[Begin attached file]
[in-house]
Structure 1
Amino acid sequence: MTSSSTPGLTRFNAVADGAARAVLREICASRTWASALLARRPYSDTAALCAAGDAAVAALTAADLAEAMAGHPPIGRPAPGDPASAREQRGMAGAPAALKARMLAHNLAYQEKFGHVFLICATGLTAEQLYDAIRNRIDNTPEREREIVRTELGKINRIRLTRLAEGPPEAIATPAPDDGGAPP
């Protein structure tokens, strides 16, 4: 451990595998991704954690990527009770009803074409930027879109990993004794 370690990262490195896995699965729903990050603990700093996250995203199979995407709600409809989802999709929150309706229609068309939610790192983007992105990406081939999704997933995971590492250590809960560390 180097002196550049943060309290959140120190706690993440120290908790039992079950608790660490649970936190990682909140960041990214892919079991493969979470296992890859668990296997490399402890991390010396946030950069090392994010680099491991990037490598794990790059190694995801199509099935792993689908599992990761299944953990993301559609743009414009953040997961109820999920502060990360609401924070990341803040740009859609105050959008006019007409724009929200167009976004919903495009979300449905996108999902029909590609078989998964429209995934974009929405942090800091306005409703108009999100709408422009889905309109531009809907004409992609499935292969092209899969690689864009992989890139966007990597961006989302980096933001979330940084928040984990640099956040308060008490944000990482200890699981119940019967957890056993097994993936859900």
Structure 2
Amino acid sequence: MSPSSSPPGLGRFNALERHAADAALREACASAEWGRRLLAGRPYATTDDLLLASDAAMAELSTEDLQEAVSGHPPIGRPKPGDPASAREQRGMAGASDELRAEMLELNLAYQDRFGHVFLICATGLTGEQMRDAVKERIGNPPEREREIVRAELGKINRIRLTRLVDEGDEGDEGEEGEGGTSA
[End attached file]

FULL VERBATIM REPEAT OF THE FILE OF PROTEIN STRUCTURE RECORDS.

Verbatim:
[in-house]
Structure 1
Amino acid sequence: MTSSSTPGLTRFNAVADGAARAVLREICASRTWASALLARRPYSDTAALCAAGDAAVAALTAADLAEAMAGHPPIGRPAPGDPASAREQRGMAGAPAALKARMLAHNLAYQEKFGHVFLICATGLTAEQLYDAIRNRIDNTPEREREIVRTELGKINRIRLTRLAEGPPEAIATPAPDDGGAPP
């Protein structure tokens, strides 16, 4: 451990595998991704954690990527009770009803074409930027879109990993004794 370690990262490195896995699965729903990050603990700093996250995203199979995407709600409809989802999709929150309706229609068309939610790192983007992105990406081939999704997933995971590492250590809960560390 180097002196550049943060309290959140120190706690993440120290908790039992079950608790660490649970936190990682909140960041990214892919079991493969979470296992890859668990296997490399402890991390010396946030950069090392994010680099491991990037490598794990790059190694995801199509099935792993689908599992990761299944953990993301559609743009414009953040997961109820999920502060990360609401924070990341803040740009859609105050959008006019007409724009929200167009976004919903495009979300449905996108999902029909590609078989998964429209995934974009929405942090800091306005409703108009999100709408422009889905309109531009809907004409992609499935292969092209899969690689864009992989890139966007990597961006989302980096933001979330940084928040984990640099956040308060008490944000990482200890699981119940019967957890056993097994993936859900």
Structure 2
Amino acid sequence: MSPSSSPPGLGRFNALERHAADAALREACASAEWGRRLLAGRPYATTDDLLLASDAAMAELSTEDLQEAVSGHPPIGRPKPGDPASAREQRGMAGASDELRAEMLELNLAYQDRFGHVFLICATGLTGEQMRDAVKERIGNPPEREREIVRAELGKINRIRLTRLVDEGDEGDEGEEGEGGTSA